Cornucopia’s Take: With more than half of all U.S. farmworkers being undocumented immigrants, a new report suggests over 1,000 farms in New York could close or significantly reduce operations if deportations continue. Farmers across the country are concerned about their shrinking workforce and consumers should be similarly concerned about what this means for their food supply.
Report: immigrant deportations could devastate North Country farm economy
North Country Public Radio
by David Sommerstein
One of the state’s top agricultural lenders is warning President Trump’s crackdown on undocumented immigrants could cost New York’s economy billions of dollars.
A report from Farm Credit East estimates 1,080 farms in New York could go out of business or significantly reduce operations if federal agents continue to step up deportations of farm workers in the country illegally.
Immigration police have arrested hundreds of people in Upstate New York since Donald Trump became president, according to federal figures. Many were working on farms illegally. That’s sending a chill through farmer and farmworker communities.
“Word gets out,” says Tom Cosgrove, spokesman with Farm Credit East, “and so I think it creates a little bit of a nervousness out there in terms of what might happen.” Farm Credit East is a farm lending cooperative with about 9,000 members in New York State.
It’s well known agriculture relies heavily on mostly Latino workers in the country illegally – more than half of all farm workers, according to many estimates. Farm Credit East wanted to get a handle on what would happen if they were rounded up and deported from Upstate New York’s farms.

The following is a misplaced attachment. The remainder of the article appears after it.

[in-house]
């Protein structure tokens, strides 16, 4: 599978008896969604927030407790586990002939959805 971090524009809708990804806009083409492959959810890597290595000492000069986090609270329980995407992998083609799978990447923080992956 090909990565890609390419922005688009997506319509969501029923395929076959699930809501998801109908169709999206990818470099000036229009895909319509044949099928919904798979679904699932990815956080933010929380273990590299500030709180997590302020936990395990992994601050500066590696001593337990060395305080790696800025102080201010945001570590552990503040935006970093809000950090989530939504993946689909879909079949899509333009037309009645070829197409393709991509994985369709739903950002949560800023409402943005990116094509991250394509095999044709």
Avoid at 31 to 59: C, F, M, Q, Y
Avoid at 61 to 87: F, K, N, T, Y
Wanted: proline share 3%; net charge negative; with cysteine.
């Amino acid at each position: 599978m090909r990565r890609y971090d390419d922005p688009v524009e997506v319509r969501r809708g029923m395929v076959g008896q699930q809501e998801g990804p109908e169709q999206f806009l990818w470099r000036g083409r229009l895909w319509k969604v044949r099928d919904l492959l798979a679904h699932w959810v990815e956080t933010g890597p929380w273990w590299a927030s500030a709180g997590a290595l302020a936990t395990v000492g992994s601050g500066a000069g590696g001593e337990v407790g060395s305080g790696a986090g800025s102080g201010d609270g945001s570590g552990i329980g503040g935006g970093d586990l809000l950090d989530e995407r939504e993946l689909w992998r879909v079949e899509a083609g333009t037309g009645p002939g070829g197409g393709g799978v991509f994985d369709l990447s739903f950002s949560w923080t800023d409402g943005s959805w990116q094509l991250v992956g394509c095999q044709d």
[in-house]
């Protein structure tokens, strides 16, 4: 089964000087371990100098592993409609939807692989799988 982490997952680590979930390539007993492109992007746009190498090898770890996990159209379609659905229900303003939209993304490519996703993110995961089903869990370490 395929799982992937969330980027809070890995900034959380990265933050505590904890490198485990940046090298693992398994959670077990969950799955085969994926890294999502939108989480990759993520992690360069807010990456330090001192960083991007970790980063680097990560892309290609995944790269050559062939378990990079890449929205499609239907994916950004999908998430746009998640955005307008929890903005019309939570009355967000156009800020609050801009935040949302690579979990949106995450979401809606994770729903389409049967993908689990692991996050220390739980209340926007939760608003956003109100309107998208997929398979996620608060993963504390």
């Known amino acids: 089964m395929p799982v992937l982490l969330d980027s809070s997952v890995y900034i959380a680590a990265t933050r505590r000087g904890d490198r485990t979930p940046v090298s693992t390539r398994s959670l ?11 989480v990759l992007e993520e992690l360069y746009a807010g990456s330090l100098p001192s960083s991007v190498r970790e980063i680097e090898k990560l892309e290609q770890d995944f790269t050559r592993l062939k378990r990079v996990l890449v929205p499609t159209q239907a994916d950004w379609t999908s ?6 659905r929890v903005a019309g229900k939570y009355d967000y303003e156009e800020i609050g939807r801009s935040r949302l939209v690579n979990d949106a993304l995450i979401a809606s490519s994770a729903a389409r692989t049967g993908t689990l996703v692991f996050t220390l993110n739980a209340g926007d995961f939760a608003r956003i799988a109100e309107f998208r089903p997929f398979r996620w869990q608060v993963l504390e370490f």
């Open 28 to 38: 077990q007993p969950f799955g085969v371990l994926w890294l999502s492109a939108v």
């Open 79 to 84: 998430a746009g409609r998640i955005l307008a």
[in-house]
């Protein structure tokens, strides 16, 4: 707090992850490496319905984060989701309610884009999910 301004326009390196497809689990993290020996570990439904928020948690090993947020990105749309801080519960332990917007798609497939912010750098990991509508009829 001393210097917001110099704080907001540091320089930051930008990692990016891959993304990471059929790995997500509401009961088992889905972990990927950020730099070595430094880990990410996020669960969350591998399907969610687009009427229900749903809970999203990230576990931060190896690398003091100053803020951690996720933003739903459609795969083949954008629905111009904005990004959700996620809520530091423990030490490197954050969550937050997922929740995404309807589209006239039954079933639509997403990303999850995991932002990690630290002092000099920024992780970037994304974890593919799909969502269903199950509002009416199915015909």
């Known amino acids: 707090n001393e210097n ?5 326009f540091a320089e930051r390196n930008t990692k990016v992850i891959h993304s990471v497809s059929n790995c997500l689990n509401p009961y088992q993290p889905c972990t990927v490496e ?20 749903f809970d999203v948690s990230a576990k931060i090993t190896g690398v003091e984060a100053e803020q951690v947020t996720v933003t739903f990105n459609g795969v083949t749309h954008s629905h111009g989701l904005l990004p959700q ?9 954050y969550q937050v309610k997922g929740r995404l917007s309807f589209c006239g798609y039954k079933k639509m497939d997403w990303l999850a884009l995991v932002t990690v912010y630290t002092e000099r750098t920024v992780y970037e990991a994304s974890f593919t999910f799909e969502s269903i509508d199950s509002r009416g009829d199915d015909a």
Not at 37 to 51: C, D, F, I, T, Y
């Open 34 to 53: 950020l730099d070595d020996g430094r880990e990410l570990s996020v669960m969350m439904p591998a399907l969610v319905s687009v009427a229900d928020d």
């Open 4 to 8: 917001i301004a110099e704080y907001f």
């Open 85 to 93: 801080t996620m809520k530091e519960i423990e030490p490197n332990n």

Deportations could devastate more than a thousand farms in New York
“Farmworkers have worked with families for generations. They’re close with them. So there’s that personal aspect that shouldn’t be discounted, but we were really trying to look at it to see, ok, let’s see if we can get our arms around, what would the economic impact be if something like this happened?”
Cosgrove says the most vulnerable farms to immigration raids are the very large ones with labor intensive crops, like dairy, fruit and vegetable production, greenhouses and nurseries.
The report, which is based on state farm census figures, estimates widespread deportations could cost more than 21,000 farm jobs statewide, and another 23,000 non-farm jobs related to agriculture. That could ripple through the economy to the tune of a $8.5 billion loss, says Cosgrove. “And so that’s a high degree of economic activity that’s at risk, and so this is one of the potential consequences of these policies.”
A “guest worker” program that has its critics
The report comes with two big caveats. Deportations and farm raids were already stepped up under President Barack Obama’s administration. Also, the Farm Credit East report outlines a worst case scenario. The report argues for a better legal path for farm workers.
The Trump Administration is sending mixed messages on that front. Last month, President Trump outlined plans for a sharply reduced legal immigration program. He also ordered this week an end to the Deferred Action for Childhood Arrivals program, known as DACA.
But speaking to farmers in Connecticut last week, Secretary of Agriculture Sonny Perdue sounded a more hopeful note for the agriculture industry. He said an improved agricultural guest worker program could become a centerpiece for broader immigration reform.
However, farmworker advocates remain skeptical of such programs. They say the programs leave workers vulnerable to abuses regarding their pay and health care because their employment hinges on fair treatment from the farm that secured their guest worker visa. Advocates say the real reform would be to find a legal path to citizenship for the thousands of undocumented workers who are already working on farms across the U.S.